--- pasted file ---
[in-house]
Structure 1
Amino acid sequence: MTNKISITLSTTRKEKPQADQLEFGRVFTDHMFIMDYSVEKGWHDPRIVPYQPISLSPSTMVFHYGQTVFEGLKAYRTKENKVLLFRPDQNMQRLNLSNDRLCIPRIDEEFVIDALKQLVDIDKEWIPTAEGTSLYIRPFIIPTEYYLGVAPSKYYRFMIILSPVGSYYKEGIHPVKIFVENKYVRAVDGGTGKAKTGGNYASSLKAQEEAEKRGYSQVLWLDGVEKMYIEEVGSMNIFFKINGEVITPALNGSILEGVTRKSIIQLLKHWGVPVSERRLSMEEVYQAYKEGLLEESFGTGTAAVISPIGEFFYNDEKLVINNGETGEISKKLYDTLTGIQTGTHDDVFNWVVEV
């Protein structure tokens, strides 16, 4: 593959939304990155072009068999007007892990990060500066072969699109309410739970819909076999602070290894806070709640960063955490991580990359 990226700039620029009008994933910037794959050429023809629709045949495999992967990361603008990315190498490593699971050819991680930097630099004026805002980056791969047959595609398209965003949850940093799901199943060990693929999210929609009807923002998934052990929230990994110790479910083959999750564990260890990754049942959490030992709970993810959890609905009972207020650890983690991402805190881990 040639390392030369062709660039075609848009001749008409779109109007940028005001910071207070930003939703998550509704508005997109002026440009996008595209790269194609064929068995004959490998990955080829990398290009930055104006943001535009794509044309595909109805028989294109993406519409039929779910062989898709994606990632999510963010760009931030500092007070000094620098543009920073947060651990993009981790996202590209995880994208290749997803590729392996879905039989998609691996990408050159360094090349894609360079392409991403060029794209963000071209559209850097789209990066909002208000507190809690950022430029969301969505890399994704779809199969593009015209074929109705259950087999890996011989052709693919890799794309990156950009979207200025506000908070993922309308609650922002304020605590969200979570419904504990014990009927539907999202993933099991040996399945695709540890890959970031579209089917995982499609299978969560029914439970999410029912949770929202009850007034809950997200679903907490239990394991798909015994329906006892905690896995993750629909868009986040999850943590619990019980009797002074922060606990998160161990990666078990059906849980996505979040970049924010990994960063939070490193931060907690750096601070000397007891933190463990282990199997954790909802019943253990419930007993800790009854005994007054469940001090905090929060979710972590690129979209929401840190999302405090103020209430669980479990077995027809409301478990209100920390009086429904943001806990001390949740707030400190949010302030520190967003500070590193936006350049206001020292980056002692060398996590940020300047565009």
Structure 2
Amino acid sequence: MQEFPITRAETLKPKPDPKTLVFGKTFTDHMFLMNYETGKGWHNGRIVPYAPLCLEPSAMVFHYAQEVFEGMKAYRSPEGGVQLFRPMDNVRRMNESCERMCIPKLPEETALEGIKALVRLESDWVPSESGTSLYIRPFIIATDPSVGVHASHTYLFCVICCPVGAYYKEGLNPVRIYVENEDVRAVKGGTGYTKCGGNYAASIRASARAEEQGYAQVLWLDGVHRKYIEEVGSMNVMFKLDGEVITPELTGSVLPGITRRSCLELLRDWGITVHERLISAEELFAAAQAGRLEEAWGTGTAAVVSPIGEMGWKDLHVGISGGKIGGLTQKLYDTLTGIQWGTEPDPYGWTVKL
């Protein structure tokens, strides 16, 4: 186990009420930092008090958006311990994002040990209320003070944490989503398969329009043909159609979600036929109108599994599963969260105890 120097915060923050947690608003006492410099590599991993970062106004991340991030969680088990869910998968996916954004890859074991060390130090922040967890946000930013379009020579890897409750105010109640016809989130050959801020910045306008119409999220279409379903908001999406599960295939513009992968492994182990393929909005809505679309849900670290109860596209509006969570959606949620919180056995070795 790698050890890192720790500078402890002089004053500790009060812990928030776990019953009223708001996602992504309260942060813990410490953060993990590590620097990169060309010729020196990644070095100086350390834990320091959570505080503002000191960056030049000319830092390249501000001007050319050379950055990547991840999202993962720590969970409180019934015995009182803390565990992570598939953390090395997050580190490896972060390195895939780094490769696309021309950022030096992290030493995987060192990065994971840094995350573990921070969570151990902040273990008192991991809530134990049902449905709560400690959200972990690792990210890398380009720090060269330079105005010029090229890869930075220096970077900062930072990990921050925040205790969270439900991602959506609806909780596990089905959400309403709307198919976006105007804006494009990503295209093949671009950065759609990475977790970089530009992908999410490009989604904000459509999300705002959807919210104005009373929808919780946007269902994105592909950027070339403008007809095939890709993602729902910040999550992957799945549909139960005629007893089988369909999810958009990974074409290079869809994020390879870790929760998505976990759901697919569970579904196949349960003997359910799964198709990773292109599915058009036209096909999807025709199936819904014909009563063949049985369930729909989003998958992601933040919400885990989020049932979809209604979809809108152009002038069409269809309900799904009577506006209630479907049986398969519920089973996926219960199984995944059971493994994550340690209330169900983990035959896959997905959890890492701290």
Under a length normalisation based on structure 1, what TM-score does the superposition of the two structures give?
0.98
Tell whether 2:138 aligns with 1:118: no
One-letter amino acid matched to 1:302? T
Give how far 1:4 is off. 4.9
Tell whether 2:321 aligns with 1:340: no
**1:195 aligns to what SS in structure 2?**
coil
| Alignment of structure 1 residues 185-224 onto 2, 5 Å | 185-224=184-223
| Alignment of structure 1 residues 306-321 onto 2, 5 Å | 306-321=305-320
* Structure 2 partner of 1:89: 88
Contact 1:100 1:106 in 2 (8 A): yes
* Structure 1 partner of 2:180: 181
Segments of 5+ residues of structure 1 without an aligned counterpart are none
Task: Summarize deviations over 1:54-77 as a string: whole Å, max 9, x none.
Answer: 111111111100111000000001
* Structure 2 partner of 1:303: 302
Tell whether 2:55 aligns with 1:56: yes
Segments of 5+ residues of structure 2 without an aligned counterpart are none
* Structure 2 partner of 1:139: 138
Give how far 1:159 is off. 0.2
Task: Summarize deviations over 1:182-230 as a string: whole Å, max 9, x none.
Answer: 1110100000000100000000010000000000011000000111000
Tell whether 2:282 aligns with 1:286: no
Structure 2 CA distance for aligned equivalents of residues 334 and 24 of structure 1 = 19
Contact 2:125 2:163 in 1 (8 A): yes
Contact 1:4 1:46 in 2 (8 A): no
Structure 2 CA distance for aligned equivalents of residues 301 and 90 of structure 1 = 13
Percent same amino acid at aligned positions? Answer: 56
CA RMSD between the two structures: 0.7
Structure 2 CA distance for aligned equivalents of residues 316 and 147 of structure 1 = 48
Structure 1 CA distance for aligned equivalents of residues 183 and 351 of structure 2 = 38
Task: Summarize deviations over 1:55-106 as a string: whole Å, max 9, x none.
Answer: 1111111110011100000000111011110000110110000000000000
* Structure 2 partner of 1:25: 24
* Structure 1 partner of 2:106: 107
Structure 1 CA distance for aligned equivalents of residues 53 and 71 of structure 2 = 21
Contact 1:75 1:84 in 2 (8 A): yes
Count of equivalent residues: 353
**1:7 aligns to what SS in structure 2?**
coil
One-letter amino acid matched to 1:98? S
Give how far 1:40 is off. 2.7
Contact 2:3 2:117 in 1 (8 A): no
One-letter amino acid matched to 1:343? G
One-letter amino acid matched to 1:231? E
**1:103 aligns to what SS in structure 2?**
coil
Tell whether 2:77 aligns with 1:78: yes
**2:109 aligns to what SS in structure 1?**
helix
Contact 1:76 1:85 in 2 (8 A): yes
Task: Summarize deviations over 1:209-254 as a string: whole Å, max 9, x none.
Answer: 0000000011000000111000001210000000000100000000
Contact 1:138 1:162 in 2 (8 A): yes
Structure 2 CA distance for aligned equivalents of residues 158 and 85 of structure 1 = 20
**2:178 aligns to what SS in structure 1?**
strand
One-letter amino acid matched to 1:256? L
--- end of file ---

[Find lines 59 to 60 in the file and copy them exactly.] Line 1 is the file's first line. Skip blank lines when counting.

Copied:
Contact 1:76 1:85 in 2 (8 A): yes
Task: Summarize deviations over 1:209-254 as a string: whole Å, max 9, x none.